Author details

  1. Rafael Maciel-de-Freitas

    Rafael Maciel-de-Freitas is in the Laboratório de Transmissores de Hematozoários, Instituto Oswaldo Cruz, Fiocruz, Rio de Janeiro, Brazil, and the Department of Arbovirology, Bernhard-Nocht Institute for Tropical Medicine, Hamburg, Germany

    Contribution
    Writing – original draft, Writing – review and editing
    For correspondence
    freitas@ioc.fiocruz.br
    Competing interests
    No competing interests declared
    ORCID icon "This ORCID iD identifies the author of this article:" 0000-0002-2198-6492

Publication history

  1. Received: March 2, 2023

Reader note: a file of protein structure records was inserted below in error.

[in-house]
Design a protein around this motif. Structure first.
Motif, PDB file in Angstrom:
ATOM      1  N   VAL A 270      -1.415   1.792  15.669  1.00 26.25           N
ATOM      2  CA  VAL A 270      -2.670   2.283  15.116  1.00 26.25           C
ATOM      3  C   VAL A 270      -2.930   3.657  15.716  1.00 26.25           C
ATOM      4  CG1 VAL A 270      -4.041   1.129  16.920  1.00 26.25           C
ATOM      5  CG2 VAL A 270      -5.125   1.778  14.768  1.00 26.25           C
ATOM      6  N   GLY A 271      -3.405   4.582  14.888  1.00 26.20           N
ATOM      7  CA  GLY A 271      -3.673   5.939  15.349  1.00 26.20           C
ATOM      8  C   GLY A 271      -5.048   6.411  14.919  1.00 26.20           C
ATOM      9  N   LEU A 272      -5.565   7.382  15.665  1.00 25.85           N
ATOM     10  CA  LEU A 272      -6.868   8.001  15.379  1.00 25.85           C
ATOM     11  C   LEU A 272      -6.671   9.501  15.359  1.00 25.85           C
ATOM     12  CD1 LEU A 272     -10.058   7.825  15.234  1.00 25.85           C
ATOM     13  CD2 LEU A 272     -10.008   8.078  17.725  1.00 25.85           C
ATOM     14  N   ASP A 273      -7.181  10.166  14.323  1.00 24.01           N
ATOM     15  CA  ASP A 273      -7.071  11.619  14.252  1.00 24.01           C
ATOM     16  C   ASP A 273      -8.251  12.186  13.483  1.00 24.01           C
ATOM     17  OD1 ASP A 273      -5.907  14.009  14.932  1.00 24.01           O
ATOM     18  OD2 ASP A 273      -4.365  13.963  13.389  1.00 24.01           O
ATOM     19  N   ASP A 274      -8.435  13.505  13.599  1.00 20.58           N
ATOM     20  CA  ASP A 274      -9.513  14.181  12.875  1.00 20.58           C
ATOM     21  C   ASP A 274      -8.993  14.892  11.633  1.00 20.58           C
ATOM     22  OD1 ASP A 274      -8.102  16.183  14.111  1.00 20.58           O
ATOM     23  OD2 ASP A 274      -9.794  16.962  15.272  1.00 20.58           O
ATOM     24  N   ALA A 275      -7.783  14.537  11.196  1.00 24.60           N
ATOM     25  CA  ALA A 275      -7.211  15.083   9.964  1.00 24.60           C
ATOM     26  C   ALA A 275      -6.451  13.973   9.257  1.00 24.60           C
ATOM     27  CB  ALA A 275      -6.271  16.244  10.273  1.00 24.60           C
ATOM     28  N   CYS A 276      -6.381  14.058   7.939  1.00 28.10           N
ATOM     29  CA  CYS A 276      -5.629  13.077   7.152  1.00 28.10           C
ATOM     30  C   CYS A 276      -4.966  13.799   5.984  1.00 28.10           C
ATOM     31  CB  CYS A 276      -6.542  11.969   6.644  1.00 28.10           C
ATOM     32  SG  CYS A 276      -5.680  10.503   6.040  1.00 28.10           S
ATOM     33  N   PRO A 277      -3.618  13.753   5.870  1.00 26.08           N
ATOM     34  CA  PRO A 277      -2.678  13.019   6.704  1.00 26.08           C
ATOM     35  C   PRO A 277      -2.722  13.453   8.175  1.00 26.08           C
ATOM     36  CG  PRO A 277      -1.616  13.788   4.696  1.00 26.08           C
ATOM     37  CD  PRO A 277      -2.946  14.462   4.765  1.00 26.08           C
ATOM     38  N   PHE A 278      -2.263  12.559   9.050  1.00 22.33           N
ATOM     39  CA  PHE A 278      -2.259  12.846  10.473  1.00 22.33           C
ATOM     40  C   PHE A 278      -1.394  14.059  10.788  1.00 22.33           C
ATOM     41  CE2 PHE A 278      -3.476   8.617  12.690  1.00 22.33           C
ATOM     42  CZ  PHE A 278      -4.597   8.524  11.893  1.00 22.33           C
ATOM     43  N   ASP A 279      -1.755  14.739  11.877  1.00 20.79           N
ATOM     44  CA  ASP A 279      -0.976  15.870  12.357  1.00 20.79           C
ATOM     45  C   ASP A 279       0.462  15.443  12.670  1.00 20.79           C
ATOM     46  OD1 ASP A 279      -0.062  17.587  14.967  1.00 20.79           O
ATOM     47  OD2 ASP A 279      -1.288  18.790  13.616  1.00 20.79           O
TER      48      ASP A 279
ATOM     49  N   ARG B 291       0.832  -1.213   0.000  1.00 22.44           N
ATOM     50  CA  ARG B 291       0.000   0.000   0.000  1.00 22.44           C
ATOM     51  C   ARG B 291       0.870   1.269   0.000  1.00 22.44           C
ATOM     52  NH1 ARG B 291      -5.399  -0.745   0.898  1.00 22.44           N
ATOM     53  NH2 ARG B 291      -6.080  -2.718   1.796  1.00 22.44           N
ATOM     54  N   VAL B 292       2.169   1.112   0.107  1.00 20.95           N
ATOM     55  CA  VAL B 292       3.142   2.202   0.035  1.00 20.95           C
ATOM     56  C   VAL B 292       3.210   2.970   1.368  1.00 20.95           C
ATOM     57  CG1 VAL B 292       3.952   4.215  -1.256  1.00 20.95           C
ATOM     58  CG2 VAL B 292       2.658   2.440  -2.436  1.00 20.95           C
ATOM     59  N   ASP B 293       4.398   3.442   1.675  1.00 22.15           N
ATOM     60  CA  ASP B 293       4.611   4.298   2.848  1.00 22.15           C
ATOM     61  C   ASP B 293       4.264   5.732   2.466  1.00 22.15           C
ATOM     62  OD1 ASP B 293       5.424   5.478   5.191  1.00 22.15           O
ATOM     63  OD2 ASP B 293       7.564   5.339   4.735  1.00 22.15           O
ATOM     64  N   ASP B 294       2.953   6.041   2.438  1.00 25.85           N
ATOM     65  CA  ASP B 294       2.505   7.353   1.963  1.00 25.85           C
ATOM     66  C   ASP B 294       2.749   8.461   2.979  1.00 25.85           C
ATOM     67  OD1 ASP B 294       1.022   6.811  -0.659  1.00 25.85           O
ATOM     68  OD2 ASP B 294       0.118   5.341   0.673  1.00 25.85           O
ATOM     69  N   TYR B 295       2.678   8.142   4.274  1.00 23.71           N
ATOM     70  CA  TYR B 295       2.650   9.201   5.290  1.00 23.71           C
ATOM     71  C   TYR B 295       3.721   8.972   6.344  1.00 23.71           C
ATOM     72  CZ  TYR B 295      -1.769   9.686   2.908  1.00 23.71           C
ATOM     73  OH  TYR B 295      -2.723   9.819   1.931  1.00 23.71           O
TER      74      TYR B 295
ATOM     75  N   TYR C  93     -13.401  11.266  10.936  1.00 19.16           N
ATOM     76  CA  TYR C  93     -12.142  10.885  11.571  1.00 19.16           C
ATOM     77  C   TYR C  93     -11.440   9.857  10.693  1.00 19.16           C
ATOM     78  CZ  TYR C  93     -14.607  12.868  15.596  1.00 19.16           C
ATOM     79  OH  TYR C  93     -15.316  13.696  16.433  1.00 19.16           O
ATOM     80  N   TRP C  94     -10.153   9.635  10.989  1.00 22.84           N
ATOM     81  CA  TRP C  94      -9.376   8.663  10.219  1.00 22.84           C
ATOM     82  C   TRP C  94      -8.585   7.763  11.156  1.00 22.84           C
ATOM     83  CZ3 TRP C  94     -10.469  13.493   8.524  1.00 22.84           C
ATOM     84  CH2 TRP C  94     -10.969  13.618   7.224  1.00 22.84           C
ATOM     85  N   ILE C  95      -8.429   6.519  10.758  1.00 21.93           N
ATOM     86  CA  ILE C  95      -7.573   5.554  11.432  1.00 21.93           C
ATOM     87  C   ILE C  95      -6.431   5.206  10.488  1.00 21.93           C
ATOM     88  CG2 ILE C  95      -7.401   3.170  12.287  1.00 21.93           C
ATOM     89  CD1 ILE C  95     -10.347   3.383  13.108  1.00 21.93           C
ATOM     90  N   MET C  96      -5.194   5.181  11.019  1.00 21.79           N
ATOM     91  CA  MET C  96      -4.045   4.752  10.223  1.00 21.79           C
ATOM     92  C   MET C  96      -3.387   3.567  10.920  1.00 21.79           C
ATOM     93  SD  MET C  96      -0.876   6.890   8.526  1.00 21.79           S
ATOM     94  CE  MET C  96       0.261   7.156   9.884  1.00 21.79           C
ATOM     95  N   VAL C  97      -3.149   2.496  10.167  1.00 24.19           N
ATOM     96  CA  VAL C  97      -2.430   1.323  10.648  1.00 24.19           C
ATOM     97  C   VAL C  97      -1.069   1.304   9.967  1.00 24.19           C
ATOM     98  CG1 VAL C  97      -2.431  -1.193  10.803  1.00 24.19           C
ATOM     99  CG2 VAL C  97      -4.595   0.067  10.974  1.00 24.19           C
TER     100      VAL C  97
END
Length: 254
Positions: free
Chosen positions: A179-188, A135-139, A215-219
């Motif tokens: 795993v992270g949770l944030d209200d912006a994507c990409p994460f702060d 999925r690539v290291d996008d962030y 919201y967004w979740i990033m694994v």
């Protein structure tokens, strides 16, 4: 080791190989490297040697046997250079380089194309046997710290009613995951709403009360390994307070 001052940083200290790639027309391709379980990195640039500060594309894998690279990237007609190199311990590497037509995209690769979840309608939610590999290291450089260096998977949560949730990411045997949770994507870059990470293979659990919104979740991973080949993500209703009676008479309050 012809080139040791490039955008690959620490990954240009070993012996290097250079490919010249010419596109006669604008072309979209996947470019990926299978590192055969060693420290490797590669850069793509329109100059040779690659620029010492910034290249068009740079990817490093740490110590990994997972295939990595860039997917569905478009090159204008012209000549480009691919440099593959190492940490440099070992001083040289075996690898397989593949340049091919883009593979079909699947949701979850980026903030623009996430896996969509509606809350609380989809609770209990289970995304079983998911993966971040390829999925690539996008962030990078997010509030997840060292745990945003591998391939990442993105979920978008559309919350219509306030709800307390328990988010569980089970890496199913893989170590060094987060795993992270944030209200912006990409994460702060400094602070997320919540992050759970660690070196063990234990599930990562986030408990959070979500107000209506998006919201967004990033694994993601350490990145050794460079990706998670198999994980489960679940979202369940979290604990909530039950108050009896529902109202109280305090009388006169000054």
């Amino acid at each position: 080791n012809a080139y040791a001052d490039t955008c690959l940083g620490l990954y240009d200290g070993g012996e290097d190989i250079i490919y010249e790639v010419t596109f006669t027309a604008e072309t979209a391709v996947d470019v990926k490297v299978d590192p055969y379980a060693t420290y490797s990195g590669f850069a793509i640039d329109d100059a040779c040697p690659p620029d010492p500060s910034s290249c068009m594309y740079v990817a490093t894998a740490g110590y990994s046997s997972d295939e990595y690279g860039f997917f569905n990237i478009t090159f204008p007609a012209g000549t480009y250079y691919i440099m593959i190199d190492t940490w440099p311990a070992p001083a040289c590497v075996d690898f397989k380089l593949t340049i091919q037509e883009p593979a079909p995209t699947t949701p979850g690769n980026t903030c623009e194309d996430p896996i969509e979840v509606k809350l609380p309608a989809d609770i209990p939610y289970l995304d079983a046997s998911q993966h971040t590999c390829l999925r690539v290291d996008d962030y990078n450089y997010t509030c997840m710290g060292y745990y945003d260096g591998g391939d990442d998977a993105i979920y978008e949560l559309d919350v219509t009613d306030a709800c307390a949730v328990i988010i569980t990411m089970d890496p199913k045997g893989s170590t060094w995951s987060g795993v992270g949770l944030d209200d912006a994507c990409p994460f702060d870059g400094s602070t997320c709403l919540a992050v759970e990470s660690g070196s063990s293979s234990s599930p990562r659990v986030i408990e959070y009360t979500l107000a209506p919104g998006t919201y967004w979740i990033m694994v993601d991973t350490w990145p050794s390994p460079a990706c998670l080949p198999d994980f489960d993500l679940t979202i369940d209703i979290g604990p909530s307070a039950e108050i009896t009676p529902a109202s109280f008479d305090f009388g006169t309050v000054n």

2. Accepted: March 2, 2023
  3. Version of Record published: March 16, 2023 (version 1)

Copyright

© 2023, Maciel-de-Freitas

This article is distributed under the terms of the Creative Commons Attribution License, which permits unrestricted use and redistribution provided that the original author and source are credited.

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  1. Rafael Maciel-de-Freitas
(2023)
Community Engagement: Listen to the shopkeeper
eLife 12:e87366.
https://doi.org/10.7554/eLife.87366